Prison Guard Syndrome

Some of the American and British soldiers charged with torturing and humiliated Iraqi prisoners were working under orders to “soften up” prisoners for future interrogation. That’s one of those terms that’s left entirely up to the MP on duty to interpret.

Former Army interrogator Mike Ritz refers to the famous 1971 Stanford Prison Experiment in which regular college students were asked to role play prisoner/guard for an extended period. After five days, the study had to be cut short because the students in the role of guard were becoming sadistic.

The media offers explanations for these MP’s behavior dissmissively (“A few bad eggs”) or suggests a power chain encouraging the behavior. The Stanford study suggests something even more frightening, and in my mind, more probable — that ordinary people put in a position of control will often become sadistic and abusive.

This of course not meant to somehow excuse.

Music: Lead Belly :: Where Did You Sleep Last Night

9 Replies to “Prison Guard Syndrome”

  1. Wait… how does that go? “Absolute power corrupts…” Absolutely?

  2. Some of the American and British soldiers charged with torturing and humiliated Iraqi prisoners were working under orders to “soften up” prisoners for future interrogation. That’s one of those terms that’s left entirely up to the MP on duty to interpret.

    So, if the end goal was really future interrogation, and not just the infliction of pain as an end in itself, why didn’t they….?
    http://www.newsmax.com/archives/articles/2002/4/6/202647.shtml

    The Stanford study suggests something even more frightening, and in my mind, more probable — that ordinary people put in a position of control will often become sadistic and abusive.

    “The ordinary man with extraordinary power is the chief danger for mankind – not the fiend or the sadist.” — Erich Fromm
    http://www.brainyquote.com/quotes/quotes/e/erichfromm151849.html

    “Power tends to corrupt; absolute power corrupts absolutely.” — Lord Acton
    http://www.bartleby.com/59/13/powertendsto.html

    Beware the dark side

  3. About the ’71 Stanford Prison Experiment, I highly recommend the german film “Das Experiment”, based on those events (if I’m not mistaken). Very good film and it’s really impressive to see the human psyche at work, the way the guards slowly change into sadistic tirants. Like it was mentioned before: “Absolute power…”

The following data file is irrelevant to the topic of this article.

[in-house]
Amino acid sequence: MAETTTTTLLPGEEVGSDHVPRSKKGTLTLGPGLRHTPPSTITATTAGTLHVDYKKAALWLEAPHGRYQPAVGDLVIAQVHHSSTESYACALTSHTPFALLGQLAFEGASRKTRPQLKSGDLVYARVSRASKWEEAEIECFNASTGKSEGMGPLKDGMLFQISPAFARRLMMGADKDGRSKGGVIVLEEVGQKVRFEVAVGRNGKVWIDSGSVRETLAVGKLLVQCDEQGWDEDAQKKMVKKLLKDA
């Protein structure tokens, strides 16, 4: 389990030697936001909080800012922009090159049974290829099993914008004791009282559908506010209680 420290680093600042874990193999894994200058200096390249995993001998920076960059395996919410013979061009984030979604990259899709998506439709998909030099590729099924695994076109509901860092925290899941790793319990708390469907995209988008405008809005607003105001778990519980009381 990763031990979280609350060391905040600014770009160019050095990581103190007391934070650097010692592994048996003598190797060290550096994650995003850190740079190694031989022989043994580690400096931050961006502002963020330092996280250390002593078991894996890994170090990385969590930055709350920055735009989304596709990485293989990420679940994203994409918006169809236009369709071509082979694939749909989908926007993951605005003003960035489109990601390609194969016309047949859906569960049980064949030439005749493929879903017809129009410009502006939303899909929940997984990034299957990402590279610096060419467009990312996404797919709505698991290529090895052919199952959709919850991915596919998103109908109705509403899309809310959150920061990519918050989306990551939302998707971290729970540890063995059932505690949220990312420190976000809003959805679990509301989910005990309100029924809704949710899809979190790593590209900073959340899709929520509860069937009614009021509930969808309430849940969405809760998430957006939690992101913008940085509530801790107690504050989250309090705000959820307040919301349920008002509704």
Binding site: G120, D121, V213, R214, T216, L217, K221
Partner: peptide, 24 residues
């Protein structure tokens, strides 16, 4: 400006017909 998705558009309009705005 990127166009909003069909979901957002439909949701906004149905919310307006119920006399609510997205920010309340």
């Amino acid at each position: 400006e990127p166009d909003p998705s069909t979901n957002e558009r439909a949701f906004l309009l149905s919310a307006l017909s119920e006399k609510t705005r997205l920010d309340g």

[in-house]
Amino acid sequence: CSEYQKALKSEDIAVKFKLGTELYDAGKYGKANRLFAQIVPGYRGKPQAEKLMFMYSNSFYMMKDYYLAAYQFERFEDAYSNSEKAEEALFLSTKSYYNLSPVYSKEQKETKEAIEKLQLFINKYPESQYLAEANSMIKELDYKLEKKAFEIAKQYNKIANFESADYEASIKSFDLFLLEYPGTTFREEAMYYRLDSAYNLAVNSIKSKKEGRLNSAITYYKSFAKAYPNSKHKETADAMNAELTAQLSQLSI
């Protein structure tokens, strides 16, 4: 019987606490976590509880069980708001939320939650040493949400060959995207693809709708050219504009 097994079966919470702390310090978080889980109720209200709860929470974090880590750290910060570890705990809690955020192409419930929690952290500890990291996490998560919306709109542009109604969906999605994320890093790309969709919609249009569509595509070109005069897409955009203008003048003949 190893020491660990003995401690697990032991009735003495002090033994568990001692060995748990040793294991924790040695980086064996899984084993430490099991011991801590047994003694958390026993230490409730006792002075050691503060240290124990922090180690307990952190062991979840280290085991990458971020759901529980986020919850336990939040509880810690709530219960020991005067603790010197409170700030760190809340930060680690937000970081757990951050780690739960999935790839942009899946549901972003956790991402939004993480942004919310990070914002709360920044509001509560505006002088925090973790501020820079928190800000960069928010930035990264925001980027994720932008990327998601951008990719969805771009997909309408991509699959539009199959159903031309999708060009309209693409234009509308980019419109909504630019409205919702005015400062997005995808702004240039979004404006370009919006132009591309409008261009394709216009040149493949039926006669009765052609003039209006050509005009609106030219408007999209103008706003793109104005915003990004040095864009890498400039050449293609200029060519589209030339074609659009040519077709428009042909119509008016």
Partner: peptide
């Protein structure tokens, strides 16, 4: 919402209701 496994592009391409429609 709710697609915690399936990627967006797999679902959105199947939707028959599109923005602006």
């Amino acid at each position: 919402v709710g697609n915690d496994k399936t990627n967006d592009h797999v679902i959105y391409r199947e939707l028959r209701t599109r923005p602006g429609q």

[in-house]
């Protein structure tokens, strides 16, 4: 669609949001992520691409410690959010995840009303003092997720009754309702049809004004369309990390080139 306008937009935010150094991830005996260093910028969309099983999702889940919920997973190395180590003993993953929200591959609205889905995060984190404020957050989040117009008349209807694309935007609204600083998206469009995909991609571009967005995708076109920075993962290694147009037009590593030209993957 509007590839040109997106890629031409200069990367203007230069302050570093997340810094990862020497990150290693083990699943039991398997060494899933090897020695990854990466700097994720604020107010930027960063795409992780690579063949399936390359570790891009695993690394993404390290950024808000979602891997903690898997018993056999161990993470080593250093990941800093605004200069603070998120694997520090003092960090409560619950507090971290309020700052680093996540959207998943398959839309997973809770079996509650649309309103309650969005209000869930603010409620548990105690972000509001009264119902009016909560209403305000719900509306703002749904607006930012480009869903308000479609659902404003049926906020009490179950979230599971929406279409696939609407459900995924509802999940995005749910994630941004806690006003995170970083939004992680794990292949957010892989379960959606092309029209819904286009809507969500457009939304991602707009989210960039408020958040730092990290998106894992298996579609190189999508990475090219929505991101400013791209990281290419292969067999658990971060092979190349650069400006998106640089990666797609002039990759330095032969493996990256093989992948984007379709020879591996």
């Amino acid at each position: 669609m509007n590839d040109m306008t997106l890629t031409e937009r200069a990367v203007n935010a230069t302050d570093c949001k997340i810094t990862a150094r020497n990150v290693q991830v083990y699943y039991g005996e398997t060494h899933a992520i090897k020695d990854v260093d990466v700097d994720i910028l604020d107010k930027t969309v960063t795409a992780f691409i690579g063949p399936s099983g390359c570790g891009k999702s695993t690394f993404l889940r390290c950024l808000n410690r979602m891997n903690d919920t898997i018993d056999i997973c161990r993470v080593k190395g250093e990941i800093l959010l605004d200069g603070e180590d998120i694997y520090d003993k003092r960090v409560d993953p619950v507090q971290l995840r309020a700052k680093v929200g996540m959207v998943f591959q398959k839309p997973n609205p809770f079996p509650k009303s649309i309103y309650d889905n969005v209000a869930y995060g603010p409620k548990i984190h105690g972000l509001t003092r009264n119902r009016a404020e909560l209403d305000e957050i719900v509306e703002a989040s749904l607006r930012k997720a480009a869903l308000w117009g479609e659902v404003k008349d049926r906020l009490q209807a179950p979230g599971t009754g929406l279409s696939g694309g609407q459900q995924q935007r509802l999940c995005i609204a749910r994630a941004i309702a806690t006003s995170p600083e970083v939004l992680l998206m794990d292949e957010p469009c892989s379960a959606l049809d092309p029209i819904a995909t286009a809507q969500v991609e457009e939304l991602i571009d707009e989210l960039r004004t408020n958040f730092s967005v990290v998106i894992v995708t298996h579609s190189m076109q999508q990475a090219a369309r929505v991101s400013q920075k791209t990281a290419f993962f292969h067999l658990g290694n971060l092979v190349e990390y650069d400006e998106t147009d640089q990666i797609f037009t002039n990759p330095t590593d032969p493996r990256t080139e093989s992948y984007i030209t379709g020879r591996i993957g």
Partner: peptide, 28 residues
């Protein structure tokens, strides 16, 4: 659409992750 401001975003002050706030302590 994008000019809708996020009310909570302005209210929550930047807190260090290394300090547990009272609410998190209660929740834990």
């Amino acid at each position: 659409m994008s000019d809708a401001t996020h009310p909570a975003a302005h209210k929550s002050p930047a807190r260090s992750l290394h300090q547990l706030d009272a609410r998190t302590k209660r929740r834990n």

4. It is good that these methods of torture and humiliation are being investigated and exposed. But I wonder if the same kind images (readily available on the internet) of sexual humiliation that stem from international pornography and sexual slavery rings will ever generate the same protest.

  5. I’m not sure its fair to compare college students to trained miltary personel. There is a level of sadism that is allowed in “safe” group activities (such as in a classroom or workshop) that is unlikely to occur (without genuine provocation) under real life and extreme circumstances. Certianly there is truth in the fact that we can all go Lord of the Flies on each other given the right set of pressures, but it strikes me as a bit too unrealistic for us civilians to sit back and say, ah yes, soldiers in Iraq are just like a bunch of upper middle class 19 year old acedemics with imaginary guns and tape on the floor for jail cells.

    During a hearing with Rumsfeld I heard that the soldiers in question were part of reserve troops that, it happened, did not receive certain training in regards to the Geneva convention, and issues related to the treatment of detainees. If this is true (I admit to not having reserched this information further) then it seems to me that the burden of responsiblity if that much more so laid at the feet of commanding officers – especially those present in the facility.

  6. I agree responsibility for the crimes should include commanding officers.

    According to the International Red Cross, the torture and humiliation of Iraqi prisoners is systemic. They have been isssuing complaints about 10 prisons since February.

    The release of damning photos and videos has been crucial in this case, otherwise people simply chalk it up to anything goes in war.

  7. Annie, that isn’t how the graduate-school experiment was done. The physical experimental setting was quite elaborate, far from “tape on the floor”. It was very far from a safe environment. The grad students believed fully that they were inflicting real pain on the subjects, to the point that the subjects fainted. They protested and some grew highly agitated…BUT they kept increasing the voltage and shocking the subjects. And, worst of all, they were persuaded to do so only by suggestion, not reward or coercion–the experimenters were very careful on this point.

    It is not a pretty story, but it is quite well documented.

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